In what has been called the “opioid epidemic,” we talk a lot about two groups of people:
1. Patients who try to con their physician to get an opioid prescription, and
2. Physicians who capitalize on these patients by creating “pill-mill” clinics (that dispense opioids generously).
This narrative results in top-down regulations that restrict the relationship between physicians and patients everywhere.
Doctors are often blamed for the problem, so new guidelines target them. They must implement policy that may or may not be relevant for their unique circumstances.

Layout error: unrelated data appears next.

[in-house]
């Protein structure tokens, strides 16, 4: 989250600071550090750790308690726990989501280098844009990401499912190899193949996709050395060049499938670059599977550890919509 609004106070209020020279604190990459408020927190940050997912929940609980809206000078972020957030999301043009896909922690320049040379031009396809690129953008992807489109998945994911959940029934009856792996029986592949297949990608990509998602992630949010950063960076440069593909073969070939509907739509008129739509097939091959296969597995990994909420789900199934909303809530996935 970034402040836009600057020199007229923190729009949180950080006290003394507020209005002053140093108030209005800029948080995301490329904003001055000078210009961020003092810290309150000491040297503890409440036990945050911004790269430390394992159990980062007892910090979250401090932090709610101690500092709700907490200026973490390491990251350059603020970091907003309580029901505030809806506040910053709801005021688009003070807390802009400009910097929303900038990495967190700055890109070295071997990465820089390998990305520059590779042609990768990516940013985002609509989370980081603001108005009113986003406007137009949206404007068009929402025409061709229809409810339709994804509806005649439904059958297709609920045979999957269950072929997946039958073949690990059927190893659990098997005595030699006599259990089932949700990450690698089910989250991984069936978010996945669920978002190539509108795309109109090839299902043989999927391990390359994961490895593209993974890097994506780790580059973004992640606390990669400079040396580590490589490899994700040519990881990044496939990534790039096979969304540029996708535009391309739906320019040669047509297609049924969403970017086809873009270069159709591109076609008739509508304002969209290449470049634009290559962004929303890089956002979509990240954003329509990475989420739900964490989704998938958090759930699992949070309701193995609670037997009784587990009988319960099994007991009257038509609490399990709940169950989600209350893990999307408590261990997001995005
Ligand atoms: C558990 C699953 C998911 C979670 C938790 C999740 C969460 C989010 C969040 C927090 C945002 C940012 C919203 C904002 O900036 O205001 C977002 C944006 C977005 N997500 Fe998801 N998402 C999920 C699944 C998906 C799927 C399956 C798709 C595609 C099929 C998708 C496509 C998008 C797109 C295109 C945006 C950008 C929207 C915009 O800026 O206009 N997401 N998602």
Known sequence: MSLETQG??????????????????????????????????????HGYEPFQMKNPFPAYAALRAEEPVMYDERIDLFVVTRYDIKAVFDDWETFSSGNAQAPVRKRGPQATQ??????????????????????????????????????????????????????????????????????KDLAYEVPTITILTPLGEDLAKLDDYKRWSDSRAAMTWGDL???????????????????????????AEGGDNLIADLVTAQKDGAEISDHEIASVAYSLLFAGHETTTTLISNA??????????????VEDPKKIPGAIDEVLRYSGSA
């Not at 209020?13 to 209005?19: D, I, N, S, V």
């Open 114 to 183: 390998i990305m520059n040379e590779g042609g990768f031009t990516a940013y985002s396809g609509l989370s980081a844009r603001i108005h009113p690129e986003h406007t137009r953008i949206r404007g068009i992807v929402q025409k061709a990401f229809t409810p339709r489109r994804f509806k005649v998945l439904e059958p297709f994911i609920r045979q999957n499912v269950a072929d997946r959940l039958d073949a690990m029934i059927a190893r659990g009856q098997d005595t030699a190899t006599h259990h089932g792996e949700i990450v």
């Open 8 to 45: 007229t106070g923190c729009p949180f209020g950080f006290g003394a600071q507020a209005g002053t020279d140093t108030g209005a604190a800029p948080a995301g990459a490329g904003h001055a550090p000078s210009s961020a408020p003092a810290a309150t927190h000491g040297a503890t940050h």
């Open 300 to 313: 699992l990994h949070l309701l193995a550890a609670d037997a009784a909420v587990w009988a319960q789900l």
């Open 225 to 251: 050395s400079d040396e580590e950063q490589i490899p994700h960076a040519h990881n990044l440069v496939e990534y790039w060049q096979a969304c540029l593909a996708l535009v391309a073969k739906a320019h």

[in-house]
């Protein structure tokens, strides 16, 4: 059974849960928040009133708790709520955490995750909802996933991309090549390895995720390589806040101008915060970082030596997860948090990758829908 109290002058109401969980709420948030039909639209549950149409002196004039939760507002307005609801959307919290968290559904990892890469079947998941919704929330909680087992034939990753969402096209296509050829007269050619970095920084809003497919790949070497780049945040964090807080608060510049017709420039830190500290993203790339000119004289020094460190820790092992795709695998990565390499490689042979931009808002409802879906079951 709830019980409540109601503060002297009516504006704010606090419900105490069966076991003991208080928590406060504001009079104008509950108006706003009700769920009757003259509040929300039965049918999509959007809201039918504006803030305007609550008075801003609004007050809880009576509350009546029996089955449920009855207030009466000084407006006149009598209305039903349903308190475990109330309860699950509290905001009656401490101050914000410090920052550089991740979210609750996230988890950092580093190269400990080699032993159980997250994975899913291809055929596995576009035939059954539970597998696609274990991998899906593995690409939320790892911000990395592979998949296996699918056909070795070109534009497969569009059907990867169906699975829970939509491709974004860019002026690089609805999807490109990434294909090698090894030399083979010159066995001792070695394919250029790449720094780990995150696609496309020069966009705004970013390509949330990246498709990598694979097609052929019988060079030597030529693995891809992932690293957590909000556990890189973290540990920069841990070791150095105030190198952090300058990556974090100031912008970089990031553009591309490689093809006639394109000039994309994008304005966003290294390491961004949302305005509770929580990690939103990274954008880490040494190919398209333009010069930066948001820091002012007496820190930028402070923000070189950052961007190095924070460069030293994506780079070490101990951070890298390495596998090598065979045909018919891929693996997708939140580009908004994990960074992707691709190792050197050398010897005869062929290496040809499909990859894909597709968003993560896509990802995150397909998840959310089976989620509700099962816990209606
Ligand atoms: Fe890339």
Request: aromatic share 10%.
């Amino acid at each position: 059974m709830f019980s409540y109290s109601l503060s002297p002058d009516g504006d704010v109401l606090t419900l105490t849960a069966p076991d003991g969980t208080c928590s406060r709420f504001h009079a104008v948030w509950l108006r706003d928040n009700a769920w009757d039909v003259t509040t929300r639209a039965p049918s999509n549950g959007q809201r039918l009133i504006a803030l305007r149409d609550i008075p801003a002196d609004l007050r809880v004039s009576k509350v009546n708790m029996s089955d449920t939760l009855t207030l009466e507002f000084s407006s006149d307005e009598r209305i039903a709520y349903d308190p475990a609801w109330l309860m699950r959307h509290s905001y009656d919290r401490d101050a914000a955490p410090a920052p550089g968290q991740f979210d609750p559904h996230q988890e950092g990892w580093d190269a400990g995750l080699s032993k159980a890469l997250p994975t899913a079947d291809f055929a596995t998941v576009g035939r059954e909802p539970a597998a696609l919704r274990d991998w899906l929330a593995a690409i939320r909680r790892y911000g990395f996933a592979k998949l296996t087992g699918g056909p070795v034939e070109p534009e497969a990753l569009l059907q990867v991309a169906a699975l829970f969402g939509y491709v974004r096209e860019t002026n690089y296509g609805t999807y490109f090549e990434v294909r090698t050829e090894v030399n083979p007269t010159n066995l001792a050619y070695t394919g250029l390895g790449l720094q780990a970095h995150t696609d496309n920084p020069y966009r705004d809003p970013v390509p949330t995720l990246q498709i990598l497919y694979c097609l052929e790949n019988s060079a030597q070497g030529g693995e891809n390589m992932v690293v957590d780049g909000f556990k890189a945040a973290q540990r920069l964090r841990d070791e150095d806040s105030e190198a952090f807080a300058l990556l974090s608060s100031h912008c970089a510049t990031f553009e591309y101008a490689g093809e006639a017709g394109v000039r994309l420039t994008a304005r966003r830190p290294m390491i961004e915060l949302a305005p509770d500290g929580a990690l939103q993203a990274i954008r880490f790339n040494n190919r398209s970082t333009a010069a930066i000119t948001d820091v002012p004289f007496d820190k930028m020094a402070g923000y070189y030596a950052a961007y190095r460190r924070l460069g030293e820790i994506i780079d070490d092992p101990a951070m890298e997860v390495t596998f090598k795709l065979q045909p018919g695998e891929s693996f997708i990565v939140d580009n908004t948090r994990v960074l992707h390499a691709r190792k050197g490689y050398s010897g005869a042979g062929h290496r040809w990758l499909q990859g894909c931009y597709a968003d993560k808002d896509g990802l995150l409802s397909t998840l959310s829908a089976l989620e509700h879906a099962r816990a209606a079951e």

Then, patients with acute or chronic pain are treated like drug-seeking criminals rather than people who need compassionate help.
I don’t know what will solve the problem with addiction and opioids in this country, but I know instilling power back into the physician-patient relationship would be a great way to start.
Jamie Katuna is a medical student. She can be reached on Facebook.